Re: Dotless J with stroke.

From: Andreas Stötzner (
Date: Tue Dec 11 2007 - 08:58:19 CST

  • Next message: David Starner: "Re: Dotless J with stroke."

    Am 07.12.2007 um 18:15 schrieb John Hudson:

    > Andreas Stötzner wrote:
    >> 2. 025F is admittedly the basis for 0284, its top part being defined
    >> as
    >> a “hook” but NOT as an “ascender”. “Hook” is a certain element which
    >> occurs a couple of times in this range. So we are entitled to suppose
    >> that all IPA’s hooks (blue cells, see att.) should match each other
    >> for coherence. If than 0260, 029B and 02A0 feature hooks definitely
    >> different from full-height crooked ascenders (e.g. 0253) than there
    >> is no reason for dealing differently with 0284 in that respect.
    > But you are presuming that the names define the forms, but the IPA
    > names were developed after the fact, to describe forms already in use.
    > The character encoded as U+0284 has always had the form of a barred
    > esh, originally made by inverting a hooked f. As far as I'm concerned,
    > the name is irrelevant.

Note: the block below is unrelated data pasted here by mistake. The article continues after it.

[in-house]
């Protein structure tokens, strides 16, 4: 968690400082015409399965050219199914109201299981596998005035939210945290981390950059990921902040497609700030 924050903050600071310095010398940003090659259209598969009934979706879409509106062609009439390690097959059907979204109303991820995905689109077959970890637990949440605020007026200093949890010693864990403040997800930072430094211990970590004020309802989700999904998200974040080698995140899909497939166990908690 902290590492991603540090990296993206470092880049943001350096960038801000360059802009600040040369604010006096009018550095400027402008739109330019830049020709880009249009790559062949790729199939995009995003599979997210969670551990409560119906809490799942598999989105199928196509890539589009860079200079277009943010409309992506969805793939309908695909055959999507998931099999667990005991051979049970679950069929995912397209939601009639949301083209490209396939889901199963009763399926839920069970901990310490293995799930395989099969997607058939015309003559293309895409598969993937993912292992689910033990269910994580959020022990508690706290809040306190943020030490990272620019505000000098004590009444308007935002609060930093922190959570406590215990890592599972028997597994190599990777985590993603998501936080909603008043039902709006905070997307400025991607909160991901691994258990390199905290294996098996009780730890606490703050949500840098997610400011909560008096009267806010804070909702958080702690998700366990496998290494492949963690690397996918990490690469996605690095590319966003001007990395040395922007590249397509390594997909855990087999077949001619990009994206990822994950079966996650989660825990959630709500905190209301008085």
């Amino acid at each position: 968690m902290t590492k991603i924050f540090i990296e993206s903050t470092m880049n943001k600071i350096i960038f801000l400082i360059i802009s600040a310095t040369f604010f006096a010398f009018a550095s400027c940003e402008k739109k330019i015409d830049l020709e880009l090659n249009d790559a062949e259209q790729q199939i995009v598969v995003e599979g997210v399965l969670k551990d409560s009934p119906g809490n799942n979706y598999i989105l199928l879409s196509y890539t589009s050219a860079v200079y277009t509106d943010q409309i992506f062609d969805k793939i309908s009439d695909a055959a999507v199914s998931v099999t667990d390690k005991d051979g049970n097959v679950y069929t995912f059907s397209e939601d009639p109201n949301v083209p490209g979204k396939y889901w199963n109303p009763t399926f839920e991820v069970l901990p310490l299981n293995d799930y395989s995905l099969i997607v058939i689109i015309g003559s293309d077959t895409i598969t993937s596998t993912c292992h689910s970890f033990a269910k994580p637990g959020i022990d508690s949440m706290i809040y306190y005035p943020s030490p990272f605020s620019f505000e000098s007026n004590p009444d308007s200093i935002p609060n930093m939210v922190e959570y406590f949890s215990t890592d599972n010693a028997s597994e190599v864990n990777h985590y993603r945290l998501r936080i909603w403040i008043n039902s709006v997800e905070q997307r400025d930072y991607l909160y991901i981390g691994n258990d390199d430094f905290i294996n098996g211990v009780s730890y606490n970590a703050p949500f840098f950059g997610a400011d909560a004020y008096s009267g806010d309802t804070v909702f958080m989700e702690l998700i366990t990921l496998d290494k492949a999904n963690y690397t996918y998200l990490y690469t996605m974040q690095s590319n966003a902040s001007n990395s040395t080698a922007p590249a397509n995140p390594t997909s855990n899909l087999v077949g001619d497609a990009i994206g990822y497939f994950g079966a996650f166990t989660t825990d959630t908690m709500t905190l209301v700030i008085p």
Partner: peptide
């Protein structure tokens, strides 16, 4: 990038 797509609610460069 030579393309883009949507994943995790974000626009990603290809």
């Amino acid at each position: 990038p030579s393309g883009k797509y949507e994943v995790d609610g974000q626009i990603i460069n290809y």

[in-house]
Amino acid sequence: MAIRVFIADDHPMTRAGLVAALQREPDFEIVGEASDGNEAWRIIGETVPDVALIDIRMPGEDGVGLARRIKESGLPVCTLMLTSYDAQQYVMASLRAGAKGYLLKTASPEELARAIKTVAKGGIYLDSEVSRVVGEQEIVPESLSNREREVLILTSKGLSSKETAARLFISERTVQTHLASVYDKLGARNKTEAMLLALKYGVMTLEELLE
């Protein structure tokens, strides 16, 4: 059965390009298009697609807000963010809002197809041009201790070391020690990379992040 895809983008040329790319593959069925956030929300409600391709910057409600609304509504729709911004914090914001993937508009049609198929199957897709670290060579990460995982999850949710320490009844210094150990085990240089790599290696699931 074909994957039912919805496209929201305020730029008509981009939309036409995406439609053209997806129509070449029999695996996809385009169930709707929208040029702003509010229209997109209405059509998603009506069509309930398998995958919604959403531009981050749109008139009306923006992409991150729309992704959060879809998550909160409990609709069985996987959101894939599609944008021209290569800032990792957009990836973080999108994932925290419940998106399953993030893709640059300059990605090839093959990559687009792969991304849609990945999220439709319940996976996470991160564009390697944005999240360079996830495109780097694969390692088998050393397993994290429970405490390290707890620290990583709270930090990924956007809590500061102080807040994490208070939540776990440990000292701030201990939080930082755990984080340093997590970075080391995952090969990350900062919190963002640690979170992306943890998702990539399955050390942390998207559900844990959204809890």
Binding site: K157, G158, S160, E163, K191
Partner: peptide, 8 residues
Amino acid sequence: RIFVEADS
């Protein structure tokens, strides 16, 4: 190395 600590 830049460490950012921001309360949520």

> Further, the problem I find with your proposed form is that it defies
    > a natural stroke construction. Even given the artificial nature of
    > many IPA inventions, the basic test of writing is whether it can be
    > written, and how it is most naturally written. I think you have
    > misanalysed the construction of the 'hooktop barred dotless j' and
    > other hook letters, because the distinction between hook forms is not
    > between ascending and non-ascending letters but between hooks flowing
    > into or out of main vertical stems (as in b-hook, d-hook, but also
    > p-hook and, yes, this dotless j-hook) and hooks attached to other
    > features of the letter (as in c-hook). In the dotless j, you have a
    > main vertical stem, and any treatment of the hook other than flowing
    > into that stem breaks the natural stroke pattern of the written form.
    > John Hudson

    I see the point but still wonder why then a character which is a BARRED
    ESH by intention gets nicknamed (disnamed?) “SMALL LETTER DOTLESS J
    WITH STROKE AND HOOK” (which is a formidable glypsism).
    Would we accept a naming “LATIN SMALL LETTER BARRED LONG S” for what we
    commonly know as being the Latin f ? That’s it.

    It’s splendid if we folks know it better, but from a technical standard
    I do expect avoiding of such oddities. It’s surely not enough to just
    claim a character/glyph-distinction. There must be a traceable

    with regards,

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